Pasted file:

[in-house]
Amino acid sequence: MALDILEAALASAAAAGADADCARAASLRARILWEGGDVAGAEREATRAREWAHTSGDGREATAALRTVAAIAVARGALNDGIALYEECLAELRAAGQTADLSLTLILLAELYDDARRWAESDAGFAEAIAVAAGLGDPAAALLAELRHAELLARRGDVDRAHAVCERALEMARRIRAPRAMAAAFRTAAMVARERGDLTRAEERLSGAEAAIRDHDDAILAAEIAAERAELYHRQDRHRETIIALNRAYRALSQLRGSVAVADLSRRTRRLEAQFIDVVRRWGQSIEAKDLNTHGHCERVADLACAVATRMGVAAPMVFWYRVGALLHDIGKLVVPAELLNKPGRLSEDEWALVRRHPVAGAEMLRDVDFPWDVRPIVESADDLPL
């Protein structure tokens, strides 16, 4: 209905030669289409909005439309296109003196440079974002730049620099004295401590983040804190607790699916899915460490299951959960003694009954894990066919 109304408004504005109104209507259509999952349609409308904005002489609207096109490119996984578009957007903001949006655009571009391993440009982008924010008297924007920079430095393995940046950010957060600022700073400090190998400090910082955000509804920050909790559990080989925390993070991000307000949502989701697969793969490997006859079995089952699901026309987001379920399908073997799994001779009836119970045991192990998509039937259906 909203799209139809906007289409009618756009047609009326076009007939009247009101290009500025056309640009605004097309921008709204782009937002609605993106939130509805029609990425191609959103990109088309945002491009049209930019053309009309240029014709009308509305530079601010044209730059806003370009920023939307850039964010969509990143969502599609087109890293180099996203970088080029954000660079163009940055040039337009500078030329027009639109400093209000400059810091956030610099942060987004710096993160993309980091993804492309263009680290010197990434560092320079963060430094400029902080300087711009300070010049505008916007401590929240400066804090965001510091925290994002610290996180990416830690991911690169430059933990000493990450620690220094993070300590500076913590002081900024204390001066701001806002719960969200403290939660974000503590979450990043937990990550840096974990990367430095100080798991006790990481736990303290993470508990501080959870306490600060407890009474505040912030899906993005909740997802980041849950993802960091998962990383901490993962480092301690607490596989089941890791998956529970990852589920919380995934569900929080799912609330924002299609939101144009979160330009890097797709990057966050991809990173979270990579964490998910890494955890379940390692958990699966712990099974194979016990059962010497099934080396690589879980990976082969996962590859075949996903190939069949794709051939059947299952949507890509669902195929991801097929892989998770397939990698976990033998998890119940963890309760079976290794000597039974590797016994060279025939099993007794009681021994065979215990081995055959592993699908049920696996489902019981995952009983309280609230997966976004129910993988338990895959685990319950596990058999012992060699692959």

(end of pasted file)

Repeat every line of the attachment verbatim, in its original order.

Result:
[in-house]
Amino acid sequence: MALDILEAALASAAAAGADADCARAASLRARILWEGGDVAGAEREATRAREWAHTSGDGREATAALRTVAAIAVARGALNDGIALYEECLAELRAAGQTADLSLTLILLAELYDDARRWAESDAGFAEAIAVAAGLGDPAAALLAELRHAELLARRGDVDRAHAVCERALEMARRIRAPRAMAAAFRTAAMVARERGDLTRAEERLSGAEAAIRDHDDAILAAEIAAERAELYHRQDRHRETIIALNRAYRALSQLRGSVAVADLSRRTRRLEAQFIDVVRRWGQSIEAKDLNTHGHCERVADLACAVATRMGVAAPMVFWYRVGALLHDIGKLVVPAELLNKPGRLSEDEWALVRRHPVAGAEMLRDVDFPWDVRPIVESADDLPL
């Protein structure tokens, strides 16, 4: 209905030669289409909005439309296109003196440079974002730049620099004295401590983040804190607790699916899915460490299951959960003694009954894990066919 109304408004504005109104209507259509999952349609409308904005002489609207096109490119996984578009957007903001949006655009571009391993440009982008924010008297924007920079430095393995940046950010957060600022700073400090190998400090910082955000509804920050909790559990080989925390993070991000307000949502989701697969793969490997006859079995089952699901026309987001379920399908073997799994001779009836119970045991192990998509039937259906 909203799209139809906007289409009618756009047609009326076009007939009247009101290009500025056309640009605004097309921008709204782009937002609605993106939130509805029609990425191609959103990109088309945002491009049209930019053309009309240029014709009308509305530079601010044209730059806003370009920023939307850039964010969509990143969502599609087109890293180099996203970088080029954000660079163009940055040039337009500078030329027009639109400093209000400059810091956030610099942060987004710096993160993309980091993804492309263009680290010197990434560092320079963060430094400029902080300087711009300070010049505008916007401590929240400066804090965001510091925290994002610290996180990416830690991911690169430059933990000493990450620690220094993070300590500076913590002081900024204390001066701001806002719960969200403290939660974000503590979450990043937990990550840096974990990367430095100080798991006790990481736990303290993470508990501080959870306490600060407890009474505040912030899906993005909740997802980041849950993802960091998962990383901490993962480092301690607490596989089941890791998956529970990852589920919380995934569900929080799912609330924002299609939101144009979160330009890097797709990057966050991809990173979270990579964490998910890494955890379940390692958990699966712990099974194979016990059962010497099934080396690589879980990976082969996962590859075949996903190939069949794709051939059947299952949507890509669902195929991801097929892989998770397939990698976990033998998890119940963890309760079976290794000597039974590797016994060279025939099993007794009681021994065979215990081995055959592993699908049920696996489902019981995952009983309280609230997966976004129910993988338990895959685990319950596990058999012992060699692959």